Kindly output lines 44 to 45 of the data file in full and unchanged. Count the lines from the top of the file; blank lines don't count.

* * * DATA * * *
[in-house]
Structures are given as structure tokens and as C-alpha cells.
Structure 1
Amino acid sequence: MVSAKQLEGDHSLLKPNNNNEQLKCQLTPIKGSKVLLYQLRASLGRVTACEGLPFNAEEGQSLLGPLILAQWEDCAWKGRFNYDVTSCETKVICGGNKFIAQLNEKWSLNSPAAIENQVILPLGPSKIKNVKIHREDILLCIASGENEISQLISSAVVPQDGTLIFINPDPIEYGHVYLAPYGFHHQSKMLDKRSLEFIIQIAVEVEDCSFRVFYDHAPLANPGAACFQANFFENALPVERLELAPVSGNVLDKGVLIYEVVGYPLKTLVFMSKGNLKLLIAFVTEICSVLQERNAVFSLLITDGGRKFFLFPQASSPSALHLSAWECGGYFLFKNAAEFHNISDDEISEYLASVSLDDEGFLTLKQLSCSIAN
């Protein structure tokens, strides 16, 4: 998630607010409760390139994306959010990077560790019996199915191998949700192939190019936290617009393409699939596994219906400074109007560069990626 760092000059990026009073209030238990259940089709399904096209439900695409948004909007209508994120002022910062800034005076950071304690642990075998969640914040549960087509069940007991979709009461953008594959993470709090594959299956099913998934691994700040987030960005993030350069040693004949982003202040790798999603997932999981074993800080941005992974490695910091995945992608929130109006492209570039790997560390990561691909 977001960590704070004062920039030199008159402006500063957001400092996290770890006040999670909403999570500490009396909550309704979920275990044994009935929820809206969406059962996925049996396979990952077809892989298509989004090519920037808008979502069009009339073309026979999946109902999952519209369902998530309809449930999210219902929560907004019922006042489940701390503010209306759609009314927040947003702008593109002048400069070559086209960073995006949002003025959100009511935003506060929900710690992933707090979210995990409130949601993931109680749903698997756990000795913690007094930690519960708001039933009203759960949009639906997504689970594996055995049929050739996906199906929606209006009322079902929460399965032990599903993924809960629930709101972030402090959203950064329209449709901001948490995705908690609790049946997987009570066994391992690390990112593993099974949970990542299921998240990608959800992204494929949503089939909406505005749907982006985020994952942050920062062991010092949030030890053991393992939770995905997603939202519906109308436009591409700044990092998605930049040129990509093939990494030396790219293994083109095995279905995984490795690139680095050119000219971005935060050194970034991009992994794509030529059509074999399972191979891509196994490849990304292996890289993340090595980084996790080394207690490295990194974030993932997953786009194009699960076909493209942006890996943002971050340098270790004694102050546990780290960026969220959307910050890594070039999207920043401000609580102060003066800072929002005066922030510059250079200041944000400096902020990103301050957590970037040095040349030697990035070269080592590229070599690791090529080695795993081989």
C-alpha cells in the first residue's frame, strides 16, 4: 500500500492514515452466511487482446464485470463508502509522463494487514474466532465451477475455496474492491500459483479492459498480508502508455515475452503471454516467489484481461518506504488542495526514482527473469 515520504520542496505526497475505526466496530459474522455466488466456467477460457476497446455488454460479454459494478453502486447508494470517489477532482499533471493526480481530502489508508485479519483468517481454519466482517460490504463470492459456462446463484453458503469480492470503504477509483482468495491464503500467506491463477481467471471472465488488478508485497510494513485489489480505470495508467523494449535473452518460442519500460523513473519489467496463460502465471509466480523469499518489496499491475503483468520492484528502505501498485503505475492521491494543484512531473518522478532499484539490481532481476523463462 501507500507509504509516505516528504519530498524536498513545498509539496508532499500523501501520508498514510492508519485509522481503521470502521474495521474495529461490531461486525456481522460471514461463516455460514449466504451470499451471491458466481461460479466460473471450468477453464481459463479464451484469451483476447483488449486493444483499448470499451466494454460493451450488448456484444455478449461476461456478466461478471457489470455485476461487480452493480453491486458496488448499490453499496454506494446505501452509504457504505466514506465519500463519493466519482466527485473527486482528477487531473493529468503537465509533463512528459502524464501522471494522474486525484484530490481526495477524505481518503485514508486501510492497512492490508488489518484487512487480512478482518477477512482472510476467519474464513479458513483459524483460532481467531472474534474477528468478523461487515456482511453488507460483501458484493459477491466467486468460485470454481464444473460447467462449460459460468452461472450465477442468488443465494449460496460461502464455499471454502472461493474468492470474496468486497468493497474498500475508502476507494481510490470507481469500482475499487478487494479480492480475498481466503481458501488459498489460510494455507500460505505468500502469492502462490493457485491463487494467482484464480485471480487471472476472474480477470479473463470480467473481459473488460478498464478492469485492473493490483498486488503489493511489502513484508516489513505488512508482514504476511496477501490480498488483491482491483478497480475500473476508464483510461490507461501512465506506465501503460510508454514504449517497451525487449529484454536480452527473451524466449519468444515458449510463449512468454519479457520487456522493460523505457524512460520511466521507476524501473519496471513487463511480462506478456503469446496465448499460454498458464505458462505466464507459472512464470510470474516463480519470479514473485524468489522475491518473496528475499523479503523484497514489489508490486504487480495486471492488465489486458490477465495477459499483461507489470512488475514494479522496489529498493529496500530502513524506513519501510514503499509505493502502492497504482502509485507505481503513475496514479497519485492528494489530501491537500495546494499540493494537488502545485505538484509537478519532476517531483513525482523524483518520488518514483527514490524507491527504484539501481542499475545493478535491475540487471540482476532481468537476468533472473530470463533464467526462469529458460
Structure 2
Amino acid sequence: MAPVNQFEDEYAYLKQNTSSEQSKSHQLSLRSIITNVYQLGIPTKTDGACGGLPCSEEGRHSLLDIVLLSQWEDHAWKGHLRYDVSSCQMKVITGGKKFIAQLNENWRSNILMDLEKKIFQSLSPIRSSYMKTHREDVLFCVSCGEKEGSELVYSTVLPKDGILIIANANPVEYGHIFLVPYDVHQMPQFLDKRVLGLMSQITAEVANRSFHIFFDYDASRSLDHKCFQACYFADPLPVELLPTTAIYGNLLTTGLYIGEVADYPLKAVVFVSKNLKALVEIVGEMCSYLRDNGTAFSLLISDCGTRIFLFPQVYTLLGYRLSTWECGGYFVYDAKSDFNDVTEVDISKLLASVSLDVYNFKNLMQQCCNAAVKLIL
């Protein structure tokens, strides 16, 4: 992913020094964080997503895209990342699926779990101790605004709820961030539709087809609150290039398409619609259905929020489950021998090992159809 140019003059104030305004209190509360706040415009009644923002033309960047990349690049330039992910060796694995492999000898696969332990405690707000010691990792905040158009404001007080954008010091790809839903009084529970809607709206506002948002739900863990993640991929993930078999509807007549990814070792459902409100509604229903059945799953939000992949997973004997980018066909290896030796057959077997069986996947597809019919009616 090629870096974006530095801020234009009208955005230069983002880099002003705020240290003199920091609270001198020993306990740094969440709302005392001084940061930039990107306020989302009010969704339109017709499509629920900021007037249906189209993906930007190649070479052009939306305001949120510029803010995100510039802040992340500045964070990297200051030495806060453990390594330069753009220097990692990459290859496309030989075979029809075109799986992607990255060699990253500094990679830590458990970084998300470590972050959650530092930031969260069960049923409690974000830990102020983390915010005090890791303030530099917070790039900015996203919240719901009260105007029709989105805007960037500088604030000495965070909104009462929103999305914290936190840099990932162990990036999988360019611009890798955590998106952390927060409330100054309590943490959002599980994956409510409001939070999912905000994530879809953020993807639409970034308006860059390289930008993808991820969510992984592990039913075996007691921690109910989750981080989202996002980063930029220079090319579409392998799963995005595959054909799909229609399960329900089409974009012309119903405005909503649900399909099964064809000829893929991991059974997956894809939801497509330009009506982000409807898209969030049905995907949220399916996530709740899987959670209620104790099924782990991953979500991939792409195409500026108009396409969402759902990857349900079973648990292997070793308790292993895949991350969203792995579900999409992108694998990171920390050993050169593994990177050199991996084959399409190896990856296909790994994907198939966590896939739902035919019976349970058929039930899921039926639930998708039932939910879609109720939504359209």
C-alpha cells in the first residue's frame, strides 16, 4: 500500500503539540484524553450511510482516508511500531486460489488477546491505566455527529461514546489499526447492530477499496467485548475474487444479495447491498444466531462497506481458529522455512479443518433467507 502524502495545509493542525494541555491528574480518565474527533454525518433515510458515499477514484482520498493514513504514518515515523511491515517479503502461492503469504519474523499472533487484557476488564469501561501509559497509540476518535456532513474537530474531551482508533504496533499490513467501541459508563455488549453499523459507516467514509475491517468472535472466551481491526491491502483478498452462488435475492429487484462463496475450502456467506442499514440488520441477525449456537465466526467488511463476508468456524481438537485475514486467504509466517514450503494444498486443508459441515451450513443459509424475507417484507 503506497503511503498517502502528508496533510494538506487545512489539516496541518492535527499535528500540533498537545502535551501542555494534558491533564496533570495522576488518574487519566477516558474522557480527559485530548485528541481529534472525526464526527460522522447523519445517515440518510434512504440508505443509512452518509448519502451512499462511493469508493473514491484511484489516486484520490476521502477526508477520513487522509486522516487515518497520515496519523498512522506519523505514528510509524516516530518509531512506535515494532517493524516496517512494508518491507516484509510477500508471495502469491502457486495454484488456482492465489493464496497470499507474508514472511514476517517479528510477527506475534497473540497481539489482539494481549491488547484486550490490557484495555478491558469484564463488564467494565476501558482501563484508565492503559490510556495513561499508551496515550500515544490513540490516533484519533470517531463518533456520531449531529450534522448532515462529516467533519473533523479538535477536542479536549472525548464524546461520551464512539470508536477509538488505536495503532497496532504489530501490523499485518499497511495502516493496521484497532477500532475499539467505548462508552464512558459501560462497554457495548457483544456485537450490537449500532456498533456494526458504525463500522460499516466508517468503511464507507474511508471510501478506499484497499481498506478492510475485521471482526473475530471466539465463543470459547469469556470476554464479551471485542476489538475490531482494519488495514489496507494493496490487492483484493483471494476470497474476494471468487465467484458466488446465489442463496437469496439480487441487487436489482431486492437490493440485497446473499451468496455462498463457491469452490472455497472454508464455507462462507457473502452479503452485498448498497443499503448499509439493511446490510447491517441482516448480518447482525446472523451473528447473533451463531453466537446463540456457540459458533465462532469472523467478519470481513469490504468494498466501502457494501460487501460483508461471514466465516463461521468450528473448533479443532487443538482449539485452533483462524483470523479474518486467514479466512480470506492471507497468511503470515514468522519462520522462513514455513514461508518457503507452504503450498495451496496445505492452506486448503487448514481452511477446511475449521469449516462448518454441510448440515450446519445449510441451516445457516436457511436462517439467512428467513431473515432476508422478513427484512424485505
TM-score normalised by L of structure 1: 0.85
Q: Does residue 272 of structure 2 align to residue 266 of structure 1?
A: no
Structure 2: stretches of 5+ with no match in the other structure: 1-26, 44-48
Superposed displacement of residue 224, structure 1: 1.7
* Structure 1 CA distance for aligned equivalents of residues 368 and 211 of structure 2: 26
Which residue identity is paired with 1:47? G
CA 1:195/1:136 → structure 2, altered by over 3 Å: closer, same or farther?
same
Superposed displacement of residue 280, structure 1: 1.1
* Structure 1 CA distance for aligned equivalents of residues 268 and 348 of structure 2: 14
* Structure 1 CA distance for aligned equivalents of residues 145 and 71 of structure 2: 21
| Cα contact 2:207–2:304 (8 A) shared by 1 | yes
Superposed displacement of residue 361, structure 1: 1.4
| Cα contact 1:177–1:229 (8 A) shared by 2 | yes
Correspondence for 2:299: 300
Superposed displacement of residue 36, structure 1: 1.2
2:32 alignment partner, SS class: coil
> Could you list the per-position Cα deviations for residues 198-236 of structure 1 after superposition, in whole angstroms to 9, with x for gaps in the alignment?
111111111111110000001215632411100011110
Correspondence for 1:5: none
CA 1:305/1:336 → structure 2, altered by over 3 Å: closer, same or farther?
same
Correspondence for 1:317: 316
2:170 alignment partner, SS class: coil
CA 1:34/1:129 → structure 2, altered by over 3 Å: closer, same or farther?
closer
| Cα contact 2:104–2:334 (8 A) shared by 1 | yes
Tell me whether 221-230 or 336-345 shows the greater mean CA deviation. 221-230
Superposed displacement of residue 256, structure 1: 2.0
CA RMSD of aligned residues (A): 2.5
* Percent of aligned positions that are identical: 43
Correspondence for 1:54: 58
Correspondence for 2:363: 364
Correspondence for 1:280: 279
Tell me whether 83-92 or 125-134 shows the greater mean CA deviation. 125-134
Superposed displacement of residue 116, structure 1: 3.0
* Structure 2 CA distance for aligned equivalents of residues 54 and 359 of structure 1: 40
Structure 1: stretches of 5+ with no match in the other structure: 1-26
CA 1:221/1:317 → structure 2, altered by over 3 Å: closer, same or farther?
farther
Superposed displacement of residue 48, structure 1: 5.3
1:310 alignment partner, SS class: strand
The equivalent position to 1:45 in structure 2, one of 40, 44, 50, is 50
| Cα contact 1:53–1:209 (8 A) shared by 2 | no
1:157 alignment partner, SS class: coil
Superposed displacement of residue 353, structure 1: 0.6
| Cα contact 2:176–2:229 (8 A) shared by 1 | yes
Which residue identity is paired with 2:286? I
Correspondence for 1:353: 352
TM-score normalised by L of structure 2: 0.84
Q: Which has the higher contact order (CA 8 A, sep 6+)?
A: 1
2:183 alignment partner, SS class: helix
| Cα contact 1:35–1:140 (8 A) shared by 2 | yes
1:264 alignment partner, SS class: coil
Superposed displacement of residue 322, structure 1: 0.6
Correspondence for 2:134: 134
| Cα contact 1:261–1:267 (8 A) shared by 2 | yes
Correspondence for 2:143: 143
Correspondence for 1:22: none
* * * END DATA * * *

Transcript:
Correspondence for 2:363: 364
Correspondence for 1:280: 279